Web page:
Ceramic tableware glazed with polluted dust harvested from Delhi’s air is a powerful art medium to connect people with its toxic risk
If you are served food on a ceramic plate or coffee in a mug glazed with polluted dust harvested from Delhi’s air, will you still eat and drink using them? This provoked an instant “yuck” or “no way” expression on the faces of those staring at the tableware produced exactly that way. Yet curiosity took over and visitors thronging the second edition of Common Ground: Indian Ceramics Triennale 2024 in Delhi reached out to pick up the smog-glazed cups to have tea so as not to miss the experience.
The ‘shocked’ expressions on people’s faces are the reason why the Dutch designer Iris de Kievith from the design studio Lab AIR in Rotterdam, Netherlands, has created ‘smogware’. She wants to provoke a response to the public health crisis around air pollution.
“This is our tool for raising awareness of the urgent situation. Smogware collects the settled solid particles and uses it to create a set of ceramic tableware. The glaze of the dust makes the problem of polluted air visible to people,” said Iris.
Iris, an architect, had also learned pottery. Afflicted with asthma, she had also joined a citizens’ group to take up the issue of local air pollution in her home town of Rotterdam. That’s when she started to join the dots and discovered the innate similarity between the components of air pollution and the glazing material that potters use.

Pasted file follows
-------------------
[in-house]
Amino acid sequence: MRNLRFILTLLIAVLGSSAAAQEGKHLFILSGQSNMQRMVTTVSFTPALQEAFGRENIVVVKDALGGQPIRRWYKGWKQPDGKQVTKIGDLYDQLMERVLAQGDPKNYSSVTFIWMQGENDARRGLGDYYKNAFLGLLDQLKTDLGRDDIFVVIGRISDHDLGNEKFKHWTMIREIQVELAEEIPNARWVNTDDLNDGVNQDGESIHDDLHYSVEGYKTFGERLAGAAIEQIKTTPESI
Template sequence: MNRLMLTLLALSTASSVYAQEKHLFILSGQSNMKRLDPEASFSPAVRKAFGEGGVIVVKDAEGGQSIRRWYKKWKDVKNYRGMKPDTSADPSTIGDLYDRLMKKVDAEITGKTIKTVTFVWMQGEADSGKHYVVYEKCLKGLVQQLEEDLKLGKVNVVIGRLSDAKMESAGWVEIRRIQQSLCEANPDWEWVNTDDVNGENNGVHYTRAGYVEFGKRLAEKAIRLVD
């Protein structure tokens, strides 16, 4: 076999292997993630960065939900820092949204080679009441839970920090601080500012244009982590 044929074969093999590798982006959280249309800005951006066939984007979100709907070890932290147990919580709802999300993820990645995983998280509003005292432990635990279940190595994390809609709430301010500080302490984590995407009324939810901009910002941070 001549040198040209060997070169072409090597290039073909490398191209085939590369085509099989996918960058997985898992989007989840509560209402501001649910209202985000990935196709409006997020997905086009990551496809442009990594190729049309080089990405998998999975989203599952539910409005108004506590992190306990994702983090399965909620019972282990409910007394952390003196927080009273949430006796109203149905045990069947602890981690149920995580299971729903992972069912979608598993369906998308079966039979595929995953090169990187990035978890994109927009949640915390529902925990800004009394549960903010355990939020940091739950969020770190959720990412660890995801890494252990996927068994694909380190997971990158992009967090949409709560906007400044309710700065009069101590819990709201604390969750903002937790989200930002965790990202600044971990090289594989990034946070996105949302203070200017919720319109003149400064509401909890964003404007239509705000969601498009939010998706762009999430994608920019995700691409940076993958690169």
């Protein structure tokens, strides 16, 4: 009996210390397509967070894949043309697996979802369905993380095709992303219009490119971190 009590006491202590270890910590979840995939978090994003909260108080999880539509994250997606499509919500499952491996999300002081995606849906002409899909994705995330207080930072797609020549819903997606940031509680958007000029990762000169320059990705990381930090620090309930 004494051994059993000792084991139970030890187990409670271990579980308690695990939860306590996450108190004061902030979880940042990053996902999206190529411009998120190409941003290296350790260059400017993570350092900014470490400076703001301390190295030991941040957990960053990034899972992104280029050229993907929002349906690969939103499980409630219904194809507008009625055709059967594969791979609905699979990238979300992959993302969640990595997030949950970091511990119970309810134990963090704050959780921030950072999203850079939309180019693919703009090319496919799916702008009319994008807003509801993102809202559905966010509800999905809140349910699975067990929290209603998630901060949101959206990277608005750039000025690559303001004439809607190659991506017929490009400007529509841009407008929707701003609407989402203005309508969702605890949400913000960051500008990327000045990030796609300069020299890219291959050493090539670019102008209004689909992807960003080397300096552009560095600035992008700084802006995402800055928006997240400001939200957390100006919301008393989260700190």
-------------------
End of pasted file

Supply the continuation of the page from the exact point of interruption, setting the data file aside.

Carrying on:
Dust particles rich in metal oxides and chemicals with different melting points seemed like a potential glazing material for ceramic. She experimented by smearing dust paste on baked porcelain and fired them in the kiln to get the transparent glaze and it worked.
Thus started the smogware journey through the cities across continents to create tableware with locally harvested dust. People volunteered to join and collect polluted dust from the outdoor surfaces at a height above 4 metres. Widely different local editions of tableware have been created in different cities across the world — Rotterdam, Milan, Beijing, Paris, Amsterdam, Jakarta and more. It is Delhi’s turn now.
This new experience in the second Indian Ceramic Triennale reflects how new frontiers are opening up for ceramics as a medium of expression. Clay is giving new shapes to the rapidly expanding horizon of ideas.
Anjani Khanna, one of the founding members of Ceramic Triennale, said, “This is giving voices to widely different expressions. This is exploring clay more deeply, showing how clay can be part of different narratives — binding it with other practices. This is meandering from personal, philosophical and spiritual spaces to more lived experiences.”
Decoding the science of pollution glazing
On display are the stacked jars of dust particles collected from different cities around the world in contrasting shades of colour. The colour of dust particles varies across cities, reflecting the varying mix of local pollution sources. Dust particles from European cities are black in contrast to the grey shades of Delhi dust.
This difference shows up in the glaze too — the glaze of Delhi’s tableware is a lighter tone.